WHAT TO EXPECT?
When it all comes down to it…
Adam: The big reason why so many Maiden and metal fans are excited is that we really don’t know what to expect! The length of the record, collaboration between band members, artwork, recording location and ambiguity in the themes of the album are all fueling speculation as to exactly what this latest evolution of Maiden’s sound will bring.
We know they have preferred to write in the studio and record quickly, as they have done since 2003’s Dance Of Death. This is just about the only constant between The Book Of Souls and the other reunion-era albums. For that reason, we can expect an evolutionary step beyond The Final Frontier, but exactly where The Book Of Souls will take us is a bit hard to say. It’s going to be an epic adventure – the kind of experience that only a new Iron Maiden album can bring.
Christer: For me, everything after The Final Frontier will be considered a bonus. By this point, we have no right to expect new Maiden records, so we should enjoy this one as a rare gift. What I hope for is a more cohesive and enthusiastic album than the last one, one that brims with ideas and energy. Hell, I’m even gonna say that I expect it, because it would seem pointless for Maiden to make new music at all if they weren’t gonna be 100% into creating something that would be worthy as their swan song.
What do you expect from The Book Of Souls, folks?
34 thoughts on “FEATURE FRIDAY: Looking forward to opening THE BOOK OF SOULS”
I will say that i got more the same feeling for this Book of Souls album, that i have back in time when i was waithing for Somewhere In Time album .
And we all know how great that record is!
Can’t wait to dive in to this new musc from IRON MAIDEN
Well THAT’S got to be a good sign! 😀 Somewhere in Time is one of their best!
10 weeks to go….
When they do the tour for this album the song should be mostly post 2000’s songs. Example
2. Wicker man
3. El Dorado
4. The Tailsman
5. Brave New World
6. Speed Of Light
7. When The River Runs Deep
8. The Red And The Black
9. Dance Of Death
10. Ghost Of The Navigator
11. Wildest Dreams
12. Empire Of Clouds
13. When The Wild Wind Blows
14. Iron Maiden
15. The Final Frontier
17. The Thin Line Between Love and Hate
If they were to do a post 2000’s list
I don’t know what to expect as I wait for this album to come out, but I do know the anticipation I have for it is probably bigger than I’ve had for anything else in the 23 years I’ve been on this Earth.
I’ve set list speculated a cajillion times on this fan site, but four possibilities come to mind:
1. Set list similar to the 2010 leg of the FF (kind of like CookieCrumbler’s suggestion only with FOTD and at least two more 80’s songs). Also, although Metallica broke tradition of not playing songs from albums that didn’t feature on the original tour for that particular album, I wouldn’t hold my breath for Maiden to do the same (nor would I completely rule it out)!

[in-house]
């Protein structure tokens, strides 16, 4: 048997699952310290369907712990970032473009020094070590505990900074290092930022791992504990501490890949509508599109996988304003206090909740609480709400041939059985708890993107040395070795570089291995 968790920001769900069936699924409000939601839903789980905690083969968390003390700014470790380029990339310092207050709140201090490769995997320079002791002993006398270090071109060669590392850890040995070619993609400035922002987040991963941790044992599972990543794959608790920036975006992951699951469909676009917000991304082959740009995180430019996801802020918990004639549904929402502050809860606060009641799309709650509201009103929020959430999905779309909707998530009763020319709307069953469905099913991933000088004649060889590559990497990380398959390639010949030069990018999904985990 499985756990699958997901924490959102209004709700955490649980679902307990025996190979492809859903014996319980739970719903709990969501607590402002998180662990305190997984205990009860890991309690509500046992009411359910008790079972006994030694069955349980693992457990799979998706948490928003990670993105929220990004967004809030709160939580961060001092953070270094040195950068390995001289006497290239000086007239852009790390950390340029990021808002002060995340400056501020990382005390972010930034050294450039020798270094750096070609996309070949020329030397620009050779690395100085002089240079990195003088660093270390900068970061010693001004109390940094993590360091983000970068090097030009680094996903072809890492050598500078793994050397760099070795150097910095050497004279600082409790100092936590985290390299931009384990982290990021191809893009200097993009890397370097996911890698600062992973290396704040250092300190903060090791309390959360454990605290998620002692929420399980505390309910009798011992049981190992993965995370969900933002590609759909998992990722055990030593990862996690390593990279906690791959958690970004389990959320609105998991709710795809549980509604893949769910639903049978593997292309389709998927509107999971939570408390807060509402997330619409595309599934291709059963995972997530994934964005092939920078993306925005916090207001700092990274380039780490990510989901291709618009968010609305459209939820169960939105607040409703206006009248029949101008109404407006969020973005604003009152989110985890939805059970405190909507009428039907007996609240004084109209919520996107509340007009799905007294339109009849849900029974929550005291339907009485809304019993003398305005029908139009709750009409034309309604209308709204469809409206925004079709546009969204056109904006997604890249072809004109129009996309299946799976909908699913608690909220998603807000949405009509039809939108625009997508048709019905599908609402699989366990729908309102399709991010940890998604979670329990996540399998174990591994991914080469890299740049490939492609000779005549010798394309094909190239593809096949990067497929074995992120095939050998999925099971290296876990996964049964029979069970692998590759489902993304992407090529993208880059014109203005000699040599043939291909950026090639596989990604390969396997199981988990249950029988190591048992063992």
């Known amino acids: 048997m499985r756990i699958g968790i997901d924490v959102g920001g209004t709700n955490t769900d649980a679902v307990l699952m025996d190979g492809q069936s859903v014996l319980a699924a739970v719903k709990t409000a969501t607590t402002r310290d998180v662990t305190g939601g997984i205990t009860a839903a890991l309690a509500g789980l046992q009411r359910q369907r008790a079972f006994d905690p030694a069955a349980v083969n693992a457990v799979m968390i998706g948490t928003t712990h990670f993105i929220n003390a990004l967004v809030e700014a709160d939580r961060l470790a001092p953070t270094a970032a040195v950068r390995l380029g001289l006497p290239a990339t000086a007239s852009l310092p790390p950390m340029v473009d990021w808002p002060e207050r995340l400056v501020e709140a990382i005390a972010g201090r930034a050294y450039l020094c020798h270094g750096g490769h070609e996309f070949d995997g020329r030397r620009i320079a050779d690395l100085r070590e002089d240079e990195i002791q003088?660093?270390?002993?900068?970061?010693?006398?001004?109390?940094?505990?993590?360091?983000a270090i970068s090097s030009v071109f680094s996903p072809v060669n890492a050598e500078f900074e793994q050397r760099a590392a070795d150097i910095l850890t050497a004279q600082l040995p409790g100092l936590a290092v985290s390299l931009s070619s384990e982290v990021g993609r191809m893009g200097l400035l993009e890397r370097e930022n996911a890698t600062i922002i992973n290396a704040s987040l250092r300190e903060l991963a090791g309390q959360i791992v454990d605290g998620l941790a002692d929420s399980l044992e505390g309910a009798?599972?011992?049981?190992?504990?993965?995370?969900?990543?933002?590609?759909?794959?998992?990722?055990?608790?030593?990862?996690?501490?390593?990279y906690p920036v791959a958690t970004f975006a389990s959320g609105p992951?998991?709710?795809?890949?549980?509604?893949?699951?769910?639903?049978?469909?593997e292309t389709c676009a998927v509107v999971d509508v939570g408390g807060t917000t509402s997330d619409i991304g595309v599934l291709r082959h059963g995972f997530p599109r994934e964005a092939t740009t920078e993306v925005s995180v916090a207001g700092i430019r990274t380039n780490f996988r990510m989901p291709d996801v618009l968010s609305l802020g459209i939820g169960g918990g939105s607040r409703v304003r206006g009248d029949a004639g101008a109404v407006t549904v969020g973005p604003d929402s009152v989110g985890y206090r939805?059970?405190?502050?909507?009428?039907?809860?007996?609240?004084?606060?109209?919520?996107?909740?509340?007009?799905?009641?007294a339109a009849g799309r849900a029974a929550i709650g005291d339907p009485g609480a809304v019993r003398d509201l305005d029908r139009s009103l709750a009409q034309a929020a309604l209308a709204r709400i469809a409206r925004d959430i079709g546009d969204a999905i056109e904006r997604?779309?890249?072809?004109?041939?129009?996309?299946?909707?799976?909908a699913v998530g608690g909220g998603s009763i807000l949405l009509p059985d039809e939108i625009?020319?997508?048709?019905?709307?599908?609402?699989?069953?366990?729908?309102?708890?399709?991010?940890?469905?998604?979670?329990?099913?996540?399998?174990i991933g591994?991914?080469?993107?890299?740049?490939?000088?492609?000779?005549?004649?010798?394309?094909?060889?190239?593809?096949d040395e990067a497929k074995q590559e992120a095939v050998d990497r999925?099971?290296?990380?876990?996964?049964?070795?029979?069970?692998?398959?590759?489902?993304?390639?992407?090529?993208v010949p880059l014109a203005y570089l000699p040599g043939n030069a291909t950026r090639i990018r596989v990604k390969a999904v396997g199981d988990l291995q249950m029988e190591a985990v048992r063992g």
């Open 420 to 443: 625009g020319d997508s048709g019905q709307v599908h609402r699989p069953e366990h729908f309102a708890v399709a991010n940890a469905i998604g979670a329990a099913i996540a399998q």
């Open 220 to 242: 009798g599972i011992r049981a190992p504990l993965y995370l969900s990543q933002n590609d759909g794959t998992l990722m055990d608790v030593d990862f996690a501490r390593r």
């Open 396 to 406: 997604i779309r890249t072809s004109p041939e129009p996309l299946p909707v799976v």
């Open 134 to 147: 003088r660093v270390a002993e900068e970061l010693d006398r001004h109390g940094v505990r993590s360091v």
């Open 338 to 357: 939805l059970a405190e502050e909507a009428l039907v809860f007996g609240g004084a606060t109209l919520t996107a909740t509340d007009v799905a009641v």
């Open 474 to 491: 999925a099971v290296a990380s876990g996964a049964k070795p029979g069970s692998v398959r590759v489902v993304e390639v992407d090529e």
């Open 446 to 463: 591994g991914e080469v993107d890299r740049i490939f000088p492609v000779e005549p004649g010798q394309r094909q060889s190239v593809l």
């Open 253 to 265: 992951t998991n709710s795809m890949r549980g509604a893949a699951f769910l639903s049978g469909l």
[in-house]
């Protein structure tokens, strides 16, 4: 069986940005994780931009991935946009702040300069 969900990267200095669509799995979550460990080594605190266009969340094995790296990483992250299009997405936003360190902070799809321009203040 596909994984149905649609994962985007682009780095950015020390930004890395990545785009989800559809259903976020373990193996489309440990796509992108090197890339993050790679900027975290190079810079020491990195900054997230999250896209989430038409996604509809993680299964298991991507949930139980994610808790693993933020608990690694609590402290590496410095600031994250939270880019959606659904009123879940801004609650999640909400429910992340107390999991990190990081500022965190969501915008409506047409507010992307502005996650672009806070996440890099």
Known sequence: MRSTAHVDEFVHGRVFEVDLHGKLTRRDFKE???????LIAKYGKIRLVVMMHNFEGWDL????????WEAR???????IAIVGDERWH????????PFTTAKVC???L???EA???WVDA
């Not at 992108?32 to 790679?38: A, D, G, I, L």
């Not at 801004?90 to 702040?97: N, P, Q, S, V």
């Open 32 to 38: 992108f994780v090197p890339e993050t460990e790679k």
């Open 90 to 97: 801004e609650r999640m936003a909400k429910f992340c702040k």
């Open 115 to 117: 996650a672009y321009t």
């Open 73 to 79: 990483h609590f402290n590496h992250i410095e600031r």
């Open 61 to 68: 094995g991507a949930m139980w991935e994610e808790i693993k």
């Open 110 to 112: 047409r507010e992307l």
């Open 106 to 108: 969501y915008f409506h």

2. Set list similar to 2011, i.e. 5 or 6 new songs, 80’s staples & about 2 or 3 2000-2010 era songs.
3. Book of Souls Played in its entirety. When the did this for AMOLAD it was 15 songs including the encore. Due to the length of Book of Souls it would be 14 songs including the encore tops, seems unlike with an album going longer than 90 minutes, but you never know!
4. The least likely, but a 16 song set list with a song from every album. Although the least likely, that’s what I’d pick now!
1. They did attempt to rehearse Prodigal Son for the Early Days tour, so I guess there’s a 0,1 % chance of something like that ever happening. 😉 When it comes to a setlist in the vein of 2010, I think that’s out of the question since the new album will now be out before the tour starts.
2. That would be my bet.
3. A Maiden show typically features about 100 minutes of music, so this would mean only Iron Maiden and Fear Of The Dark in addition to new songs, tops…
4. Could be fun. Therefore won’t happen. 😀 On the other hand, it would quite possibly feature something utterly predictable like: Iron Maiden, Wrathchild, Run To The Hills, The Trooper, 2 Minutes To Midnight, Wasted Years, Can I Play With Madness, Bring Your Daughter, Fear Of The Dark, Man On The Edge, The Clansman, The Wicker Man, Wildest Dreams, The Reincarnation Of Benjamin Breeg, Coming Home and one new tune…
I live in the vain hope that we might see a truly different Maiden live set. The new album would have to be a career best for them to play it live in it’s entirety, and only the perspective of time can ascertain that. But I have to say, having seen Maiden on every tour since ’92, I have no desire to hear Wrathchild, 2 Minutes To Midnight or Fear Of The Dark this time around. The Trooper seems to still fire the band up, but again I could do without it.
I understand the point the band make about younger fans having never seen the classic songs played live, but if they are younger, they can wait till the next tour, surely? AND they’ll be slobbering all over the new album anyway…us older fans would like some surprises please!!!!
Something like Prodigal Son? YES PLEASE (in my opinion THE most underrated song in Maiden’s catalogue) although the fact that they’ve never played it live doesn’t bode well there…let’s be honest – we won’t hear anything that hasn’t been played live before – but at the very least they could treat us to something they haven’t played live for a VERY long time!